Marc Anthony, dominating tropical gentleman at the RCDE Stadium

Latinity from before, or always, that of Marc Anthony, before reggaeton and the urban impulses that today take the youth ahead. The New Yorker is one of the few in the industry that allows himself to fly over fashions (and he has been in his career for almost 30 years now), attracting a family-oriented audience with his neighborhood heartthrob profile and heavenly voicefigurine with a roguish background, lighting the fuse in concerts of such a torrid temperature, literally and metaphorically, as this Friday at the RCDE Stadium, in Cornellà.

Big party atmosphere on that stage that the artist already visited six years ago, with some 24,000 attendees (according to the organization) celebrating Latin power and giving in to his imperial moves since he appeared on the scene (after 35 minutes delay): nailed to the boards, dark glasses, circumspect. The voice, and the hint of a hard smile, exploded in the rapturous welcome theme, ‘Valió la pena’, between deep sighs from the stands before his rhymes with rising libido: “Long live the moments in your mouth and in your body , woman,” intoned citizen Marco Antonio Muñiz. As is common these days, feelings of relief and liberation, here in the most sensual and danceable lane, in a concert that suffered cancellations in 2020 and 2021.

party manifesto

Part of Marc Anthony’s repertoire has two versions, the Latin one and the one more akin to the global pop market, but in Cornellà the former prevailed, highlighted by an overwhelming formation with metals and powerful punch. There were songs from his past work such as ‘Y hay somebody’, with its heartfelt start in the form of a romantic ballad, the tremulous ‘Until yesterday’, with a Santana-style Latin rock solo, and another number, ‘Flor pálida’, which presented as one of his favourites, much appreciated by the ‘anthonyologists’. Echoes of relief on stage after two wasted years: “Finally, finally,” he repeated, before asking: “Where are my people?” What was left out of focus was the new album, ‘Pa’lla voy’, of which only two songs were played, the resentful ‘Mala’ (“you left me bad, bad, bad and expensive”) and the headline, luck of party manifesto for post-pandemic nights: “If there’s a party, I’ll go / If there’s a rumba, I’ll go / With good music and alcohol / When they call me, I’ll go”.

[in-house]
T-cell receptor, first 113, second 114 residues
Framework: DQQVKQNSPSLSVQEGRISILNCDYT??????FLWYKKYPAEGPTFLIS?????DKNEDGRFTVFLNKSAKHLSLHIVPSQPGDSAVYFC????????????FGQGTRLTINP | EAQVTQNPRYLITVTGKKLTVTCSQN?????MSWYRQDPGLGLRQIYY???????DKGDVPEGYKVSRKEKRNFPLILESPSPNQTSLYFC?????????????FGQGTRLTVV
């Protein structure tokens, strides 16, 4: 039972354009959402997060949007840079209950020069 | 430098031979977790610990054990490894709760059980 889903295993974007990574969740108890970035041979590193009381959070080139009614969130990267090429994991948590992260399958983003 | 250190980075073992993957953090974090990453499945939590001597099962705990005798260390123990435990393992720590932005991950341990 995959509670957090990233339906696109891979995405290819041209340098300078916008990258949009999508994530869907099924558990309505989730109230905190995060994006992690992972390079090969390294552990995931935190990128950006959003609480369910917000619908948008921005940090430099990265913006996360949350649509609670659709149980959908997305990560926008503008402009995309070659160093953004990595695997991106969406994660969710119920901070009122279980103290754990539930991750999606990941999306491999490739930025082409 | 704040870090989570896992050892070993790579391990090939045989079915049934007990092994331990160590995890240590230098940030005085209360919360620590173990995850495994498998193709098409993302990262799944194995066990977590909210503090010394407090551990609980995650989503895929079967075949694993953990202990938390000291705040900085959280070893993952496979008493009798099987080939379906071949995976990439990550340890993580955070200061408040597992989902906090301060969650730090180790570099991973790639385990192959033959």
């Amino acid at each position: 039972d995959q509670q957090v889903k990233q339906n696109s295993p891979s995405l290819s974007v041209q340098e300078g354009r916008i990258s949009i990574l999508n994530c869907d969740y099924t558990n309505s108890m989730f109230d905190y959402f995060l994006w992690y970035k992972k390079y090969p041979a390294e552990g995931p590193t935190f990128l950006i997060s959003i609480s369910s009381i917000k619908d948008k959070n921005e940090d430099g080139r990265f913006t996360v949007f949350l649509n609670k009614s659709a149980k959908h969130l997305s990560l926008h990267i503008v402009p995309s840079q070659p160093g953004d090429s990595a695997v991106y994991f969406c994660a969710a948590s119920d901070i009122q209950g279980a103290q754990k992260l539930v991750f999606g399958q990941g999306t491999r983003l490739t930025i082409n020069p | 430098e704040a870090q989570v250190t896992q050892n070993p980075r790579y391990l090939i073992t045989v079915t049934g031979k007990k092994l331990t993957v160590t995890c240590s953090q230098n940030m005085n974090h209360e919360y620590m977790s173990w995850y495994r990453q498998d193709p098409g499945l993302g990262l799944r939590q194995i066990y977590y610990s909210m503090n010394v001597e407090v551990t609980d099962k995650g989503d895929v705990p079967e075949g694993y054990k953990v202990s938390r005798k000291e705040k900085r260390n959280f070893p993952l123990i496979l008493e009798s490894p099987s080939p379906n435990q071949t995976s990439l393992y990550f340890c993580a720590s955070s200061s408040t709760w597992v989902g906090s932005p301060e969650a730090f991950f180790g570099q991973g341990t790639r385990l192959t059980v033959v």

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It was about giving the public what it expected, recognizable and festive tunes, giving priority to hits, although, beyond the chosen songs, Marc Anthony’s repertoire was himself, with his emphatic grimaces, his left hand on his heart and that balance between street toughness and latent emotionality. In the section of ballads, mention for the ‘medley’ of ‘Abrázame muy fuerte’ (by Juan Gabriel), ‘Almohada’ (known in the voice of José José) and nothing less than ‘And who is he?’ (José Luis Perales), bearer of great emotional anxiety.

Marc Anthony, ‘one of us’ for that public with the compass facing south, who enjoyed the rhythmic rocking and feeling until the final piece, ‘Vivir mi vida’, an adaptation of ‘C’est la vie’ (by the king of rai-pop, Khaled), with his message of ‘carpe diem’ (“why cry, what for / if it hurts, a sorrow is forgotten”), trying to make difficult tribulations easy and filtering the very essence of latinidad.

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